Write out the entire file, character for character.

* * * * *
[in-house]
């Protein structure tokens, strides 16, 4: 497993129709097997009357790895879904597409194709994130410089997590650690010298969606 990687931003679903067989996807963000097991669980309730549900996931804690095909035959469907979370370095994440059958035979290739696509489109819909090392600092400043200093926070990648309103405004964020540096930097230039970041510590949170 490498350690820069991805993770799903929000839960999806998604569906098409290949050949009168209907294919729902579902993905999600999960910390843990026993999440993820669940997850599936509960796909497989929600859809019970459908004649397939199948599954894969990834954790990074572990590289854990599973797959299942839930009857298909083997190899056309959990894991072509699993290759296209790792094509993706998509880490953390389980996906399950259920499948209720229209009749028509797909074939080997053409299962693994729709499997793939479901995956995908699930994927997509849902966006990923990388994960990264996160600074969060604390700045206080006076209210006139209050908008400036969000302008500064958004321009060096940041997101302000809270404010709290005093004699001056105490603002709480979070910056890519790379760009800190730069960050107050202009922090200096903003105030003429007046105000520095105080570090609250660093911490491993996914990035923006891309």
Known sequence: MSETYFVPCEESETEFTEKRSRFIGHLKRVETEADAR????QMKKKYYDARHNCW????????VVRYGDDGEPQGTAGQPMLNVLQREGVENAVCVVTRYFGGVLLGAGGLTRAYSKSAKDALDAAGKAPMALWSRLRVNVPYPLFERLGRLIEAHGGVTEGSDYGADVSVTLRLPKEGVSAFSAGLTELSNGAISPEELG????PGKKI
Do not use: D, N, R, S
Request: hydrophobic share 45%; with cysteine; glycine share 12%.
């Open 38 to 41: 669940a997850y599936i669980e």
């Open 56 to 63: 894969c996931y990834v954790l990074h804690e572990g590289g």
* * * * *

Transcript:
[in-house]
């Protein structure tokens, strides 16, 4: 497993129709097997009357790895879904597409194709994130410089997590650690010298969606 990687931003679903067989996807963000097991669980309730549900996931804690095909035959469907979370370095994440059958035979290739696509489109819909090392600092400043200093926070990648309103405004964020540096930097230039970041510590949170 490498350690820069991805993770799903929000839960999806998604569906098409290949050949009168209907294919729902579902993905999600999960910390843990026993999440993820669940997850599936509960796909497989929600859809019970459908004649397939199948599954894969990834954790990074572990590289854990599973797959299942839930009857298909083997190899056309959990894991072509699993290759296209790792094509993706998509880490953390389980996906399950259920499948209720229209009749028509797909074939080997053409299962693994729709499997793939479901995956995908699930994927997509849902966006990923990388994960990264996160600074969060604390700045206080006076209210006139209050908008400036969000302008500064958004321009060096940041997101302000809270404010709290005093004699001056105490603002709480979070910056890519790379760009800190730069960050107050202009922090200096903003105030003429007046105000520095105080570090609250660093911490491993996914990035923006891309």
Known sequence: MSETYFVPCEESETEFTEKRSRFIGHLKRVETEADAR????QMKKKYYDARHNCW????????VVRYGDDGEPQGTAGQPMLNVLQREGVENAVCVVTRYFGGVLLGAGGLTRAYSKSAKDALDAAGKAPMALWSRLRVNVPYPLFERLGRLIEAHGGVTEGSDYGADVSVTLRLPKEGVSAFSAGLTELSNGAISPEELG????PGKKI
Do not use: D, N, R, S
Request: hydrophobic share 45%; with cysteine; glycine share 12%.
């Open 38 to 41: 669940a997850y599936i669980e």
């Open 56 to 63: 894969c996931y990834v954790l990074h804690e572990g590289g």